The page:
In another embodiment, the silicide-blocking dielectric structure is not thinned or removed. Instead, contact openings are formed in the pre-metal dielectric layer using a multi-etch procedure. In the multi-etch procedure, a partial etch is initially performed to create openings in the pre-metal dielectric layer. These openings are selectively formed only at locations overlying the active regions of the NVM cells. A conventional contact etch is then performed. This conventional contact etch extends the openings formed during the partial etch, thereby exposing the active regions of the NVM cell. The conventional contact etch also exposes the silicided regions of the logic devices.

The present invention will be more fully understood in view of the following description and drawings.

BRIEF DESCRIPTION OF THE DRAWINGS

FIG. 1 is a cross-sectional view of a conventional non-volatile memory cell fabricated by a single-poly conventional logic process;

FIG. 2 is a top view of a non-volatile memory cell having a PMOS access transistor and an NMOS coupling capacitor in accordance with one embodiment of the present invention;

FIGS. 3A and 3B are cross-sectional views along section lines A-A and B-B, respectively, of FIG. 2.

FIG. 4 is a cross-sectional view of an NVM cell, which does not include any silicide regions, in accordance with an alternate embodiment of the present invention.

FIG. 5 is a top view of an NVM cell in accordance with yet another embodiment of the present invention, which includes a silicide region formed on a neutral portion of the floating gate.

FIG. 6 is a top view of an NVM cell in accordance with another embodiment of the present invention, wherein silicide are formed away from edges of the NVM cell active regions.

FIG. 7 is a cross-sectional view along section line C-C of FIG. 6.

FIG. 8 is a top view of an NVM cell in accordance with another embodiment of the present invention, which does not require the formation of silicide regions on the active regions of the NVM cell.

FIG. 9 is a cross-sectional view of the access transistor of the NVM cell of FIG. 8.

FIGS. 10A-10E are cross-sectional views illustrating a logic device and an access transistor of an NVM cell in accordance with one embodiment of the present invention, during various stages of fabrication.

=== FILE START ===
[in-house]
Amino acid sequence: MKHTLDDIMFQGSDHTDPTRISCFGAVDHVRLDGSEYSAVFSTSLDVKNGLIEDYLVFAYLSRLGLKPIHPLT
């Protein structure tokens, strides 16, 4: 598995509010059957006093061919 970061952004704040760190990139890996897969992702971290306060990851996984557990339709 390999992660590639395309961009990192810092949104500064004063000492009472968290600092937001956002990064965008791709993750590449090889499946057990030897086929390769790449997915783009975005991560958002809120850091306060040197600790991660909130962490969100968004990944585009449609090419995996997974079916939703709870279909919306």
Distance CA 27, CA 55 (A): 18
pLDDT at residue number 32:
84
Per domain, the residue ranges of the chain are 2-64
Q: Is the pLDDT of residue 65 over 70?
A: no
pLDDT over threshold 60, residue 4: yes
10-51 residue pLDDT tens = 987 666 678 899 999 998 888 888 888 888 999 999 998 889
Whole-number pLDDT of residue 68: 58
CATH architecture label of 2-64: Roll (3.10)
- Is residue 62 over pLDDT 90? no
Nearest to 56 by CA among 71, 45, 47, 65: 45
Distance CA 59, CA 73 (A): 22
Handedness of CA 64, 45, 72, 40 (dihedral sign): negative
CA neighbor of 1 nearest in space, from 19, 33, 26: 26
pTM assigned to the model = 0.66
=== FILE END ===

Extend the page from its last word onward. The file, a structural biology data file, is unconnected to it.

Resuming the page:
FIG. 11 is a cross-sectional view of a logic device and an access transistor of an NVM cell, which illustrates a variation of the embodiment of FIGS. 10A-10E.

FIGS. 12A-12E are cross-sectional views illustrating a logic device and an access transistor of an NVM cell in accordance with another embodiment of the present invention, during various stages of fabrication.

FIG. 13 is a cross-sectional view of a logic device and an access transistor of an NVM cell, which illustrates a variation of the embodiment of FIGS. 12A-12E.

DETAILED DESCRIPTION

FIG. 2 is a top layout view of a non-volatile memory cell 200 in accordance with one embodiment of the present invention. FIG. 3A is a cross-sectional view of the non-volatile memory cell of FIG. 2 along section line A-A. FIG. 3B is a cross-sectional view of the non-volatile memory cell of FIG. 2 along section line B-B. Non-volatile memory cell 200 can be operated in response to a positive Vdd supply voltage and a VSS supply voltage of 0 Volts.

Note that the general layout of non-volatile memory cell 200 is similar to the layout of the NVM cell described in commonly owned U.S. Pat. No. 6,512,691 (hereinafter, the '691 patent). The portions of the '691 patent which describe the fabrication and operation of common elements in the NVM cell 200 of the present invention and the NVM cell of the '691 patent are hereby incorporated by reference. Although the present invention is described using a specific NVM cell 200, it is understood that the present invention is in no way limited to the particular layout of non-volatile memory cell 200. As will become apparent in view of the following disclosure, the present invention can be applied to any planar CMOS floating single-polysilicon NVM cell.